King Eider (Somateria spectabilis)



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The king eider (Somateria spectabilis) is a large sea duck that spends most of its time in coastal environments at high latitudes. It breeds in the Arctic and sub-Arctic regions of North America, Asia and Europe.

Scientific Name: Somateria spectabilis

Height: 52–57 cm (20–22 inches)

Wingspan: 86–102 cm (34–40 in)

Weight: 1.6 kg

King Eider Description

Adult males in breeding plumage have a striking appearance. They have a pale powder blue crown and nape and pale green cheeks. Its red bill with a white nail is separated from the face by a thin black line.

The head of male king eiders rests atop a black body, tail and rump. The white mantle, breast and flanks contrast sharply with the black upperwing, with conspicuous white greater and median wing coverts. The tertials are curved, forming spurs along the back. They also have a white patch at the base of their tails.

The female king eider is a striking bird with washed, mottled brown plumage and conspicuous dark streaks on the crown and nape. It has a whitish area at the base of its dark bill, and a narrow white line separates its streaked dark brown upper parts and flanks.

Females are slightly smaller than males, with a shorter bill and less extensive white markings.

The juvenile king eider is mostly grey with some brownish tones on the back. The bill is dark, and the head and neck are a duller grey than the rest of the body.

Juveniles are also more mottled than adult females, with lighter and darker areas creating a patchy appearance. This plumage lasts until the third winter.

Listen to King Eider


The most common sound made by males is a gentle “ruur” call, similar to a dove’s sound. Both males and females also make a low “kwak” noise when alarmed, along with growling, croaking, grunting, and murmuring sounds.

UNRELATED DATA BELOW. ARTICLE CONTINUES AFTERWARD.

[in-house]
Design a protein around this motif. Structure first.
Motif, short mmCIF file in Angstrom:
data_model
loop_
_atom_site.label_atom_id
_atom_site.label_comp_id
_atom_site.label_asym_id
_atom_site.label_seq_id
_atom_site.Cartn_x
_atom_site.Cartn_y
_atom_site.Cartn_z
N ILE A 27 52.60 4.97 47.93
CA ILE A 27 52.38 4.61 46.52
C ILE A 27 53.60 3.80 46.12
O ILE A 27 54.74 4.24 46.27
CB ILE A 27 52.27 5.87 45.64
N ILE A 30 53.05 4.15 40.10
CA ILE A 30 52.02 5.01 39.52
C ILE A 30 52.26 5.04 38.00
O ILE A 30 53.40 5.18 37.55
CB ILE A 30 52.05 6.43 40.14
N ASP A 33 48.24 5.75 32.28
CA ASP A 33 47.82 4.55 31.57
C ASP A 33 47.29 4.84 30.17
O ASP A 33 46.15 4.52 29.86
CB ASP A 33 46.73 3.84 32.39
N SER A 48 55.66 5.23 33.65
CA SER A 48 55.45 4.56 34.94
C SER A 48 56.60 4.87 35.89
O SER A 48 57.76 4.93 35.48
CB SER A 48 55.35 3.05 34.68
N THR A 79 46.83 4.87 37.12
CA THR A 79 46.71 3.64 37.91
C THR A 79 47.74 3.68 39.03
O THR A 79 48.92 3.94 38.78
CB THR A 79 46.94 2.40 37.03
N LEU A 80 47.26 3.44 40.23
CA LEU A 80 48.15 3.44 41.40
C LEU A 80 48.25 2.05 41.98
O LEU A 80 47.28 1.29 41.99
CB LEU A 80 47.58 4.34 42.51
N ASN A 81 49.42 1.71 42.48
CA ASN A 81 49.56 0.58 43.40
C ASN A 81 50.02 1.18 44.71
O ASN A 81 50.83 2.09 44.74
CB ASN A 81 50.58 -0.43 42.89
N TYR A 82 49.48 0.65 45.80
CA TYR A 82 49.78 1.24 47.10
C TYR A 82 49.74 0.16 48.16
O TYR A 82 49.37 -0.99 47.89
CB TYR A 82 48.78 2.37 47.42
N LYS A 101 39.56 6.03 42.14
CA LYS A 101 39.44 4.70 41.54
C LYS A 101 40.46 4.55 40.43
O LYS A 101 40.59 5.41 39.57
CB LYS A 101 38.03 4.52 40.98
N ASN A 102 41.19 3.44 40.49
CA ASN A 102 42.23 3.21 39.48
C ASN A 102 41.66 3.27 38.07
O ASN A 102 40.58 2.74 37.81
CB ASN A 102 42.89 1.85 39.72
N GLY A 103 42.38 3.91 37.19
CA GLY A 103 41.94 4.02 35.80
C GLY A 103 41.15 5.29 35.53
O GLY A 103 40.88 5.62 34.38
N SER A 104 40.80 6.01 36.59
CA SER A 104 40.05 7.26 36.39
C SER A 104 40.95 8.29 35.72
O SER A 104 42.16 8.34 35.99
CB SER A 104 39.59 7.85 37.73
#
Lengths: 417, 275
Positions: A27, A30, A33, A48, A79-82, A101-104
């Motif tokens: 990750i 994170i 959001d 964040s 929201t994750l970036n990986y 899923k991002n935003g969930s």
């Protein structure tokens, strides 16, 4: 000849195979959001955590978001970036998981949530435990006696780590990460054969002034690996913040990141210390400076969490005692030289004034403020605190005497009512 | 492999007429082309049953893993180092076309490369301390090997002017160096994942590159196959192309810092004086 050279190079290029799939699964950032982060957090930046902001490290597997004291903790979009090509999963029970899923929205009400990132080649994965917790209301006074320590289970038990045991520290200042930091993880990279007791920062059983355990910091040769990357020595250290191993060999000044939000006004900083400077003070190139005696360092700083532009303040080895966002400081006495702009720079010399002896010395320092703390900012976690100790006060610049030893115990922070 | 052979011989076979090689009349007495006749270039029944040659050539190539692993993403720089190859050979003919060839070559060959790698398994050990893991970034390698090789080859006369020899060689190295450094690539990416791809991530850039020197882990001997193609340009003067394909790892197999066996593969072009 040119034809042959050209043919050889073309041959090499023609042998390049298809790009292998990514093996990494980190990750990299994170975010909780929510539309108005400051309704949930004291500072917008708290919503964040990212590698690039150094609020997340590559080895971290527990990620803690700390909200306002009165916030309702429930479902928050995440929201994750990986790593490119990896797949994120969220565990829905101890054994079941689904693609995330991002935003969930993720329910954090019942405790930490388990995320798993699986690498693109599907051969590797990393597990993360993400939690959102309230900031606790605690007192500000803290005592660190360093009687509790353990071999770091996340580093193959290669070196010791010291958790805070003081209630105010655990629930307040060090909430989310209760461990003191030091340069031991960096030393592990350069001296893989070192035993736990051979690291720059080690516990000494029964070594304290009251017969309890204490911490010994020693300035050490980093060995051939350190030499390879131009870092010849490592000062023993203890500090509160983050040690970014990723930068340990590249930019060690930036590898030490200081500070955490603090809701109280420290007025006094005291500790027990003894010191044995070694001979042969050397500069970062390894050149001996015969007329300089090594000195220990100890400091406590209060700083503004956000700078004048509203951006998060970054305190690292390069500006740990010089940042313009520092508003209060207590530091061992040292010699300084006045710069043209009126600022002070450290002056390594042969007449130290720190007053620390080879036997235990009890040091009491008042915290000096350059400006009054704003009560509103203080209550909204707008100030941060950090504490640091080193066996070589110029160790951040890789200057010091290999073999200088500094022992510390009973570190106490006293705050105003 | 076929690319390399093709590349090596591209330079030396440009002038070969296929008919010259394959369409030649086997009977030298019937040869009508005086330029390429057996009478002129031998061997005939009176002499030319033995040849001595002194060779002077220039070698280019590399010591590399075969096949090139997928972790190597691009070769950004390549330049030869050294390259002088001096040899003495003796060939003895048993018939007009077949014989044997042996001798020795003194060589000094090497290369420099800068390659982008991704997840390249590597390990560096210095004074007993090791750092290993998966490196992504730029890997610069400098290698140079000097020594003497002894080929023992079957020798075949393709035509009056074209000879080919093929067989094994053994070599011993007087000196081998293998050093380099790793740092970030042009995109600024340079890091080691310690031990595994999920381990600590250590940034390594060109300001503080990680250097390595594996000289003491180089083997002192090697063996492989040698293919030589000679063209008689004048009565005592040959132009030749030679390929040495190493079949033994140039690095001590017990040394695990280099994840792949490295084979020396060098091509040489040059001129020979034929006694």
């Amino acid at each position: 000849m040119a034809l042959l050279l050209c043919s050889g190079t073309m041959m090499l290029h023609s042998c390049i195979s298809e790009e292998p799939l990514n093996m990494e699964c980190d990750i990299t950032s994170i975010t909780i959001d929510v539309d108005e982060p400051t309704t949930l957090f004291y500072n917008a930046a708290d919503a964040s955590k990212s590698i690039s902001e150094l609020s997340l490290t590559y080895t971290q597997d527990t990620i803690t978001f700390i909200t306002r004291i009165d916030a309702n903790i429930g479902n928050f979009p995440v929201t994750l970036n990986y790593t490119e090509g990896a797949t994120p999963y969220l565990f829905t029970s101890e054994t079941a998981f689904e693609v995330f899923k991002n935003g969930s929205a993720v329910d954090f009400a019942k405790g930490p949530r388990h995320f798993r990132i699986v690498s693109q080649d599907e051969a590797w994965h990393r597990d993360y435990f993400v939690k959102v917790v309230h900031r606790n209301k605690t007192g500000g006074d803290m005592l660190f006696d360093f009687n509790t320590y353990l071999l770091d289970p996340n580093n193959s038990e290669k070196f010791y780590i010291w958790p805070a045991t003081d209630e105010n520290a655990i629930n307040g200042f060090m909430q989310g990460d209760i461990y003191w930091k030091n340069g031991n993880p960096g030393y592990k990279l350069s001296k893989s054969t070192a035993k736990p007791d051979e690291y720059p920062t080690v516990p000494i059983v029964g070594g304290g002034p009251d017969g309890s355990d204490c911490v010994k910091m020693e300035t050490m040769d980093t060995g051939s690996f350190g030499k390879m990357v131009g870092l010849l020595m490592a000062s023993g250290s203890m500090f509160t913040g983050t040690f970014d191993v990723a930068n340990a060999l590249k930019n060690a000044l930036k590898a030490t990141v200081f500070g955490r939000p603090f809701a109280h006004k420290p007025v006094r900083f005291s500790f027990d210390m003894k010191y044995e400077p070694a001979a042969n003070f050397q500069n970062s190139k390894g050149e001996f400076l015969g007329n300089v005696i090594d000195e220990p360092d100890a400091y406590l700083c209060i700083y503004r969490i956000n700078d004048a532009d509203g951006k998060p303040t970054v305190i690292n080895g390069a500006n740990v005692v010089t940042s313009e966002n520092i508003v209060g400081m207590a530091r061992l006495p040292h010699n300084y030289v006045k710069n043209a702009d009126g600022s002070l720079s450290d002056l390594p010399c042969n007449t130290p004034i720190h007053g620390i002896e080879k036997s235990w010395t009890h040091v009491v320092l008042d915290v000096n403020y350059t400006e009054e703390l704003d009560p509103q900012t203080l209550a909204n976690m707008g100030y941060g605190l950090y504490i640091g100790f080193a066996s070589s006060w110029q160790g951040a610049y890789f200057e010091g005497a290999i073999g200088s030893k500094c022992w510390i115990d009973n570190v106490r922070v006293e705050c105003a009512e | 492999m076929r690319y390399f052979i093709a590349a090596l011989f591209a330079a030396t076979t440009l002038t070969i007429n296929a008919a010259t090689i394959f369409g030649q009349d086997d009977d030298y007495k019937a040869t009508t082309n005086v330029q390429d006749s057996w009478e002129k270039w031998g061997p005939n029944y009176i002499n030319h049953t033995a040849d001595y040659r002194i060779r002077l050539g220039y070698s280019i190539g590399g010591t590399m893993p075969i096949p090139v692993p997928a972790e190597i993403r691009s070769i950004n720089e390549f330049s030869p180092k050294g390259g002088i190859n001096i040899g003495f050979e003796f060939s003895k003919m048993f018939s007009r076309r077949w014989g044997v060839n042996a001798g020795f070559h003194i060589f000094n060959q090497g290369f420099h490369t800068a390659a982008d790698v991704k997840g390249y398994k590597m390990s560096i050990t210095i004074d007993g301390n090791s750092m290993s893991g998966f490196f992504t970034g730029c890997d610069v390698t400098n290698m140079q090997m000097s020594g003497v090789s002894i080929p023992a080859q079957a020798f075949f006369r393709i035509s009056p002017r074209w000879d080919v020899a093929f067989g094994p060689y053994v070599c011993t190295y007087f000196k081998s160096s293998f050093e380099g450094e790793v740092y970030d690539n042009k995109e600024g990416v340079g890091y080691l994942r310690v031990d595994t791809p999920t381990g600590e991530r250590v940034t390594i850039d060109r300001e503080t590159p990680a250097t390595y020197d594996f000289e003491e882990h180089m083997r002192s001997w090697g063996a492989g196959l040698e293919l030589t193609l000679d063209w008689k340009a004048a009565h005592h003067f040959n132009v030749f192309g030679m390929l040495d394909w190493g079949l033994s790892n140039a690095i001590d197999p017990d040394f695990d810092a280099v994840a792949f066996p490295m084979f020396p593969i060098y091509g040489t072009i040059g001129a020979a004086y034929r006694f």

Interestingly, the modified scapular feathers on the back of adult males can make a vibrating noise when they land on water.

King Eider Habitat & Range

The king eider is a circumpolar species that live all over the high Arctic. It nests in both wet and dry tundra habitats, usually near bodies of water, whether interior lakes or the ocean coast.

The king eider breeds along the Arctic coasts of Canada, northern Alaska, Greenland, Svalbard and Russia.

The king eider can raise its young in both fresh water and saltwater environments. Once young king eiders fledge, they migrate with their parents to saltwater habitats.

During the winter, most king eiders migrate to sub-Arctic marine areas along the coast of the Bering Sea, the west coast of Greenland, the east coast of Canada and southern parts of Norway. Some flocks spend wintes along the Great Lakes.

Some king eiders congregate with other birds such as common eiders and long-tailed ducks.

King Eider Diet & Food Habits

King eiders are proficient divers that feed primarily on aquatic insects, mollusks, insect larvae, crustaceans and benthic invertebrates. They eat king crabs, sea urchins, starfish and sea anemones.

These sea ducks are expert divers who dive as deep as 60 feet to search for food on the sea floor. To help them with this, they have special adaptations such as webbed feet, waterproof plumage, and a network of blood vessels that helps to keep them warm in cold water.

Moreover, the King Eider, like most diving ducks, has evolved a large supraorbital process to protect its eyes and salt glands while foraging on the ocean floor.

King eiders have powerful beaks, which they use to pry open shellfish and break through hard exoskeletons.

During the breeding season, king eiders dive less underwater and dabble more in freshwater lakes and ponds. They pluck aquatic invertebrates from the water’s surface.

On occasion, king eiders consume aquatic plants and algae to supplement their diet.

King Eider Common Behaviors